Fresh from a recent world tour that took him back to his native Russia for the first time in 61 years, pianist Vladimir Horowitz arrived at the White House yesterday to receive his latest honor, the Medal of Freedom.
President Reagan hailed the 81-year-old Horowitz as "the most dazzling virtuoso since Liszt set the standard in the 19th century."
Nancy Reagan placed the emblem and its ribbon of heavy cloth around the pianist's neck, and followed it with a kiss.
The president also acclaimed Horowitz, an American citizen since the early '40s, as "an ambassador of good will to the people of the Soviet Union."
Aglow with smiles and customarily dapper in polka-dot bow and matching handkerchief, Horowitz was accompanied at the ceremony and reception by his wife Wanda Toscanini Horowitz, the daughter of the man widely regarded as the century's most important conductor.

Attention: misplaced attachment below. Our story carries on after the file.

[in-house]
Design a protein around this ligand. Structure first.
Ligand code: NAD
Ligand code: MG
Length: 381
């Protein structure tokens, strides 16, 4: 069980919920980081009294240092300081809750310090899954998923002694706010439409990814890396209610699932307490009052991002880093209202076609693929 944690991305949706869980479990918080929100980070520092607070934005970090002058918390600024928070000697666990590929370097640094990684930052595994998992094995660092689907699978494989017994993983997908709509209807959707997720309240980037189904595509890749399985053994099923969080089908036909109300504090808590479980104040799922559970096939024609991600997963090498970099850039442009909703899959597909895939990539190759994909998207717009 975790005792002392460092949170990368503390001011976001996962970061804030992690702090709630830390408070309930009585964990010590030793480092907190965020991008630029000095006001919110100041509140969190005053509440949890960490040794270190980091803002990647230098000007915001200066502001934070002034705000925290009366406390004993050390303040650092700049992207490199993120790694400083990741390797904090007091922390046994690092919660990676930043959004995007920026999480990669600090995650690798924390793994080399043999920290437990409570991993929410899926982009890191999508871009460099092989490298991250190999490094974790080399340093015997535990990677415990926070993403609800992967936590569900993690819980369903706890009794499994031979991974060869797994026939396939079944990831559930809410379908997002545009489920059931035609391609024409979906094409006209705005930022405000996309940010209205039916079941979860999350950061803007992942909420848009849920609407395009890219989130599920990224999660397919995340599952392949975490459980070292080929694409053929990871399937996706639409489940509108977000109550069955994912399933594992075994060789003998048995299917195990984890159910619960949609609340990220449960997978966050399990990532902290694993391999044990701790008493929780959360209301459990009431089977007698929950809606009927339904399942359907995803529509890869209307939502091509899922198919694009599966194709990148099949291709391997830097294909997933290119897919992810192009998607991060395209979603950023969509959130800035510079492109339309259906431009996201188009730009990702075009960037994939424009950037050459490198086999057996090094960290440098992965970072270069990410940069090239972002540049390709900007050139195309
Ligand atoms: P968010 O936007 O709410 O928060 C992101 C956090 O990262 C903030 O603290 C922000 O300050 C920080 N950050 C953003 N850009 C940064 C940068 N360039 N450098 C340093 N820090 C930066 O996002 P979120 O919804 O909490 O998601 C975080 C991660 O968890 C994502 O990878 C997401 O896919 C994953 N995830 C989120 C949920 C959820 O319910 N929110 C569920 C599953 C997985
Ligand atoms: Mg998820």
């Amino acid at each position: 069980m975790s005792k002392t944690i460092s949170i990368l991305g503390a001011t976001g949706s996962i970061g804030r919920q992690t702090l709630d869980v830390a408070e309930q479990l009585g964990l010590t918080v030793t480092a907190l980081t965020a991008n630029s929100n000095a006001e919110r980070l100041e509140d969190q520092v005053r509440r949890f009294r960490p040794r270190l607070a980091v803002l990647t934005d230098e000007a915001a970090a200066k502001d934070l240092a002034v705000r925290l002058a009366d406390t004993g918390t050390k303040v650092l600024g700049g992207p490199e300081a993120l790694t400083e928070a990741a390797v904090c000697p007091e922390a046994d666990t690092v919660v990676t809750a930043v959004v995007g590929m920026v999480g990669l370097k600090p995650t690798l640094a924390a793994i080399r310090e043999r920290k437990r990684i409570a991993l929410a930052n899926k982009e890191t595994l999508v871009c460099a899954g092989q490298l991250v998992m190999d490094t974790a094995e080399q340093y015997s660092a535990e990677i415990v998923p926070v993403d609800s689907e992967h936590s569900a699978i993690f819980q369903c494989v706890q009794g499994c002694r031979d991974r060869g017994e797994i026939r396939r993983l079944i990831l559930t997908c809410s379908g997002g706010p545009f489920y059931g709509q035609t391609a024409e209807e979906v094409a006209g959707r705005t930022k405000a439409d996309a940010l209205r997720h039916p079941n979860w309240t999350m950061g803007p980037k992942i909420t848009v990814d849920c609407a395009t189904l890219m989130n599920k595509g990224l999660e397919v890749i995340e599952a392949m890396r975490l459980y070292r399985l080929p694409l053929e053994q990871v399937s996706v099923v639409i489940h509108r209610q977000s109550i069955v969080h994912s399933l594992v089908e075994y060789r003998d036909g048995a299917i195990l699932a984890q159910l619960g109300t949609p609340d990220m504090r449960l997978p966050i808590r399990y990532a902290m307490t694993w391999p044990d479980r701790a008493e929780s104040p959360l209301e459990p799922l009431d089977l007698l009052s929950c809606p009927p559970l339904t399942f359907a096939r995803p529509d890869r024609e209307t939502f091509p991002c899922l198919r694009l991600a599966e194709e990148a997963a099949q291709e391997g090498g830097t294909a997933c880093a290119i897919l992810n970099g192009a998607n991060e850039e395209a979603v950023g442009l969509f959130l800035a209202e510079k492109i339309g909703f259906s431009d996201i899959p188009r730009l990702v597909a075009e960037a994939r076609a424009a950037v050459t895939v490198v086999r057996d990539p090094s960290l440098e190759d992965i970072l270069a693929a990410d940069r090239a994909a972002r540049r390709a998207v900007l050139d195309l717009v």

In his remarks, the president said Horowitz's televised concert in the Soviet Union had "reminded us of the common humanity of all peoples," and he recalled the comment of a British critic that Horowitz's playing was that of the greatest pianist alive.
The Medal of Freedom citation for Horowitz read: "He has said it remains the purpose of his life to bring meaning to music each time he plays. With masterful technique, consummate musicianship, and profound humanity, Vladimir Horowitz brings not only meaning to music, but joy and beauty and meaning to our lives. This adopted son of America, the last of the great romantics as he is sometimes called, is more than a national treasure, he is a treasure to people the world over.